How can you place a price on art? As Dr Kurian pointed out, particularly in the case of famous masterpieces, artwork can be culturally priceless but financially worthless. The monetization of art brings with it many ethical issues, not least because the desirability of art is intrinsically linked to the value placed on the culture from which it stems.
In this vein, the inclusivity, diversity and equity of artist grants and exhibitions of work is also brought to mind. Are artists of colour and non-Euro-centric artists given the same financial and representation opportunities as white artists?
Exploitation of artists
As long as art has been appreciated, artists have been exploited. Dr Kurian explained: the Hebrew bible mentions individual craftspeople by name in recognition of their beautiful creations. However, they were still enslaved people who didn’t benefit from the production and sale of their work.
Equally, while those artists were given credit for their creations, the issue of plagiarism is as much of an ethical challenge in art as it is in education. How many of da Vinci’s paintings did he do himself, and how many were painted by members of his school? Is an unknown artist’s work less valuable, even if it is indistinguishable from a known artist’s?
Fashion brands’ use of original artwork without giving credit is another common, modern case of artist exploitation. This is often also associated with uncredited indigenous designs, highlighting yet again the lack of equity that can be found in art.
An important point brought up by one Webinar participant addressed the repatriation of stolen art. Particularly poignant this week as New York's Metropolitan Museum of Art officially returns three works of art to Nigeria after they were looted in the 19th century, the exhibition of stolen artwork remains a key dilemma in the relationship between ethics and art.
Messages being transmitted through art
The ethics of the content and context of the messages behind the art was the final point made by Dr Kurian. While art can be used to convey positive messages, as in the cases of artivists such as Nikkolas Smith and Sanaz Mazinani, it can and has also been used to communicate negative messages, incite hatred, and propaganda.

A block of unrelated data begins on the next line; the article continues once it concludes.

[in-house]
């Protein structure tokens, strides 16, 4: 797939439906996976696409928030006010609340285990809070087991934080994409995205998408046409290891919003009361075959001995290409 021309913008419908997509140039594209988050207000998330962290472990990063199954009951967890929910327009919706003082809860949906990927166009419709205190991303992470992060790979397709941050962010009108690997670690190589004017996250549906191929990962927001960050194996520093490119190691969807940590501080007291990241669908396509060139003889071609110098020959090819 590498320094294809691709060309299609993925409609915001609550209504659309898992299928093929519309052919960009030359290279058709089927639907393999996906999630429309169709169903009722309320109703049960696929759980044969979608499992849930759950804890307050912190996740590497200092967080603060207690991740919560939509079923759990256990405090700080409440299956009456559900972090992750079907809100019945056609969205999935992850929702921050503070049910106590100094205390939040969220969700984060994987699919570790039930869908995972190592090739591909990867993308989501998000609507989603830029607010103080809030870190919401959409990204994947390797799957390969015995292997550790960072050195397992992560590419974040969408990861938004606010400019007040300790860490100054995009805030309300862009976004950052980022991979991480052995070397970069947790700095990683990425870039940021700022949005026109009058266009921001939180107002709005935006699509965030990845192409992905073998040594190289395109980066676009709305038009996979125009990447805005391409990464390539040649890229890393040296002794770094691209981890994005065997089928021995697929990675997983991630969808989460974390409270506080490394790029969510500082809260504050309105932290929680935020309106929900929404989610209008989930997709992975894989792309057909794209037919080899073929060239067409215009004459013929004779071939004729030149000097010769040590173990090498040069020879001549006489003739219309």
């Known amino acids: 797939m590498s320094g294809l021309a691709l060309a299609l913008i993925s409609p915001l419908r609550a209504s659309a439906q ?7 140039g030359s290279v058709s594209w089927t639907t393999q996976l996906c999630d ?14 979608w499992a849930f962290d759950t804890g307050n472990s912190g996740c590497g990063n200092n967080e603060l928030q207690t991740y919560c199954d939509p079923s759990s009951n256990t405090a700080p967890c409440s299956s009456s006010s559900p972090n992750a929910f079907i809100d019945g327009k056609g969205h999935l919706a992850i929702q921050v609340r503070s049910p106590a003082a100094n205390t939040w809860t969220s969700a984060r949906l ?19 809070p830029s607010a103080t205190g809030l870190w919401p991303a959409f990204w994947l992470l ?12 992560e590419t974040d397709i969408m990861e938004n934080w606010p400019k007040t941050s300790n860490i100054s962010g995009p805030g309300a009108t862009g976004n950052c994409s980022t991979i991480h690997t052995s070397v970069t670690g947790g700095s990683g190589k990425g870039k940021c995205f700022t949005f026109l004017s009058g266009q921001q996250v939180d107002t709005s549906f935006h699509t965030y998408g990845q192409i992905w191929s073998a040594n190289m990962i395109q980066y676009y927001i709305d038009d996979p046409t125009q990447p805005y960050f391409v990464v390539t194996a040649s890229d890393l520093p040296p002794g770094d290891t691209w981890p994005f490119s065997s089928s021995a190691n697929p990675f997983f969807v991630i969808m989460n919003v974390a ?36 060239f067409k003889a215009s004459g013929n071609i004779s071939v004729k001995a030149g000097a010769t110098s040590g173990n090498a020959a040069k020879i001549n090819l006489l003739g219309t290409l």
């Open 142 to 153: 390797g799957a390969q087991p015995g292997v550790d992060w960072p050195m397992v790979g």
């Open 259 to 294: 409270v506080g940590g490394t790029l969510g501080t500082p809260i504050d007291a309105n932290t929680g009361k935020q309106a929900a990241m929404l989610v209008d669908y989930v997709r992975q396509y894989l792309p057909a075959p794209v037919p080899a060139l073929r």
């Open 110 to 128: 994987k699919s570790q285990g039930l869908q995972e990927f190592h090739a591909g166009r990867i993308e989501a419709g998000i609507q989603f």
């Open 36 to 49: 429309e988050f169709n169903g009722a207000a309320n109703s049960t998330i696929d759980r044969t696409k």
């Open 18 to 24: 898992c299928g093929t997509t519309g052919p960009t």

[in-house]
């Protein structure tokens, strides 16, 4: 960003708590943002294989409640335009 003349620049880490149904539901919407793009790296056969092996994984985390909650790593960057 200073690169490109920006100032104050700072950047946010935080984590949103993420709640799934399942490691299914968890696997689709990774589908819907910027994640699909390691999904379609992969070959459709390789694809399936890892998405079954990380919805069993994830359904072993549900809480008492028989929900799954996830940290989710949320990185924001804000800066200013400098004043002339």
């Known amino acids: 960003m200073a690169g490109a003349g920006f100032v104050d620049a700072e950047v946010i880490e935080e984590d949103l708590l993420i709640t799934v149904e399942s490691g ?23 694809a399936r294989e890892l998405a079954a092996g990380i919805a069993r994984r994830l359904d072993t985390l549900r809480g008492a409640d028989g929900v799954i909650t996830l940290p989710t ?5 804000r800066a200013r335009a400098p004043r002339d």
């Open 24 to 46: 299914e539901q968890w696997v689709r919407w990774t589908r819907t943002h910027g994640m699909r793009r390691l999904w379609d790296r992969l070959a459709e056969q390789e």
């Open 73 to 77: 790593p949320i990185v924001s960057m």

This issue is especially relevant in our contemporary lives. We are constantly connected to cyberspace and consuming visual data, including art, without registering the messages we are receiving. Whether they are ethical or not and the extent to which they affect us subconsciously are key questions in the conversation around ethics and art.
Ethics & art for transformative action
Dr Christoph Stückelberger closed the Blue Table Webinar giving his perspective on ethics and art from a religious perspective. Placing God as the true teacher of ethics and the true artist, and himself as an assistant, he emphasised the importance of the intention behind the art.
For him, the key to using art for transformative action - to make the invisible visible - is to express gratitude through the work. This thought was echoed in Dr Kurian’s closing words: that art, as with everything we do, should be created and appreciated with empathy, compassion, and care about its impact on others.
Art driving ethics and ethics driving art
Art and ethics are thoroughly interconnected. As many ethical challenges as there are surrounding art and artists, there are also opportunities. Art provides the opportunity, as Aleksandr Solzhenitsyn quoted Dostoevsky, to save the world. When art transmits positive messages, it can inspire change for the better.